[ 378 Pa. Super. Page 640]

    time of the victim's death or the time that the shooting might have occurred.

The majority correctly points out that the gathering of evidence by conducting a physical test is not testimonial in nature and does not result in a criminal defendant being compelled to offer evidence against himself. Schmerber v. California, 384 U.S. 757, 86 S.Ct. 1826, 16 L.Ed.2d 908 (1966). However, if a jury is permitted to infer that appellant's refusal to submit to such a test exhibits a consciousness of his own guilt, I suggest that the character of the evidence is now of a testimonial nature which does implicate his rights against self-incrimination.

Monahan's refusal was used at trial to indicate that he must have known that the test results would prove he had fired a gun recently. As was noted in an opinion of this court dealing with the issue of admissibility of one's refusal to submit to a breathalyzer test, "Admittedly, a person may refuse to take a test for reasons that have nothing whatever to do with his guilt or innocence." Commonwealth v. Robinson, 229 Pa. Super. 131, 148, 324 A.2d 441, 450 (1974). In the case at bar, appellant's refusal was on advice of his attorney. It seems meaningless to inform a criminal defendant that he has a right to counsel if the Commonwealth is permitted to then penalize that defendant if he should listen to advice of counsel by suggesting such behavior indicates a guilty conscience.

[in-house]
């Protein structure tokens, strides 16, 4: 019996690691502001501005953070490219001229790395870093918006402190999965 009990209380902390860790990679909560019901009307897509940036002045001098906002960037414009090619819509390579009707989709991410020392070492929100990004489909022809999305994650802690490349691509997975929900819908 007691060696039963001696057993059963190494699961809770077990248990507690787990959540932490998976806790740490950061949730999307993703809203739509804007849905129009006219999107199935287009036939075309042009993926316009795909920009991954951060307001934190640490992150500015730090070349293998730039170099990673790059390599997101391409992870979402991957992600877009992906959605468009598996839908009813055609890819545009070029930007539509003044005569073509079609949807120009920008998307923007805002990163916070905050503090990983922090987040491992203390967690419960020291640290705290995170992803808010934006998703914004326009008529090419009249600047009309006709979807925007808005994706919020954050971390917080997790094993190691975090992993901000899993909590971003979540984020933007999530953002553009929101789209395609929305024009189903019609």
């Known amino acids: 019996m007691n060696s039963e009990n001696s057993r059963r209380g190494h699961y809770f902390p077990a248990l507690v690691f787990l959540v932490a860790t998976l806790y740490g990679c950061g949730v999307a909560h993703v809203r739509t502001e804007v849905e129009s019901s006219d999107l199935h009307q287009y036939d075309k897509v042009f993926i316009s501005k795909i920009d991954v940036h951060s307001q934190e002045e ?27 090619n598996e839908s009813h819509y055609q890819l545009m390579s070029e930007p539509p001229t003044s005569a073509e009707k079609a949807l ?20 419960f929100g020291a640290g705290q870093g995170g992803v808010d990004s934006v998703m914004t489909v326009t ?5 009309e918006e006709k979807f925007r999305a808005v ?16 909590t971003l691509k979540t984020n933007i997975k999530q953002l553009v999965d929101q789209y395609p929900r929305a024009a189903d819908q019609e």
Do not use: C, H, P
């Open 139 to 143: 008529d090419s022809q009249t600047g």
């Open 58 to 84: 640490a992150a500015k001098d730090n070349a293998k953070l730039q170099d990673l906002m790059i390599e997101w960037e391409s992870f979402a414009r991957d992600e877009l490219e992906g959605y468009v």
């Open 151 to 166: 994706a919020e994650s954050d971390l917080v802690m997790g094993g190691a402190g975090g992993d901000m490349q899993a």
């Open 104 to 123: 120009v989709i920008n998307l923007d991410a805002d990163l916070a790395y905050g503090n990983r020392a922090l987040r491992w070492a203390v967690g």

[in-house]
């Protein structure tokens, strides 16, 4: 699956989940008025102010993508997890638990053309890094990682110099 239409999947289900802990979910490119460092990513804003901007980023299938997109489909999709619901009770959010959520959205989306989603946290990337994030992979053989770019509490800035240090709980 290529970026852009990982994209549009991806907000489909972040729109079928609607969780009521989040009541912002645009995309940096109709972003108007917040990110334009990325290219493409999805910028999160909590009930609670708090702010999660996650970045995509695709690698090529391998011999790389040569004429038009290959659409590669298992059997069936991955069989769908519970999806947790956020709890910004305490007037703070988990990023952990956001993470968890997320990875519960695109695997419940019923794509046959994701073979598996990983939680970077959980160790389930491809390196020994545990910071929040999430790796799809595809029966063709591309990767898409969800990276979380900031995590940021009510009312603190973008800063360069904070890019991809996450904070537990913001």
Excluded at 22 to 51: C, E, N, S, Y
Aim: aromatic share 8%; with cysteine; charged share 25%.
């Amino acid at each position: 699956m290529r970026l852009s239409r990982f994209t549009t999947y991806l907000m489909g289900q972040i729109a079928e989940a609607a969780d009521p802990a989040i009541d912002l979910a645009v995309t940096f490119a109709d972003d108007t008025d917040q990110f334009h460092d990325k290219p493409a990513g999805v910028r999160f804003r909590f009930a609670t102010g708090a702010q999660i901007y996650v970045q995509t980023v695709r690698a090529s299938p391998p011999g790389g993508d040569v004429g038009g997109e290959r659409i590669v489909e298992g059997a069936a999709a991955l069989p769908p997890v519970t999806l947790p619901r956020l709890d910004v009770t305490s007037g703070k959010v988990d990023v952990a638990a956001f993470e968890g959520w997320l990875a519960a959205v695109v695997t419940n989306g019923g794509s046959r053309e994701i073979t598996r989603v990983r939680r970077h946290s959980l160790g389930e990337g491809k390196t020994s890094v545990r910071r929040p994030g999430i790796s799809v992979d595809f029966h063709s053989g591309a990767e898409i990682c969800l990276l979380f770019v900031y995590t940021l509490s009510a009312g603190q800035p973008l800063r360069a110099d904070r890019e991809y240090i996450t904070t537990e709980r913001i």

I would conclude that a criminal defendant's refusal to cooperate in an evidence-gathering test may not be used against him, particularly to suggest that the delay caused by his refusal defeated the Commonwealth's ability to effectively prove its case.

I would grant a new trial.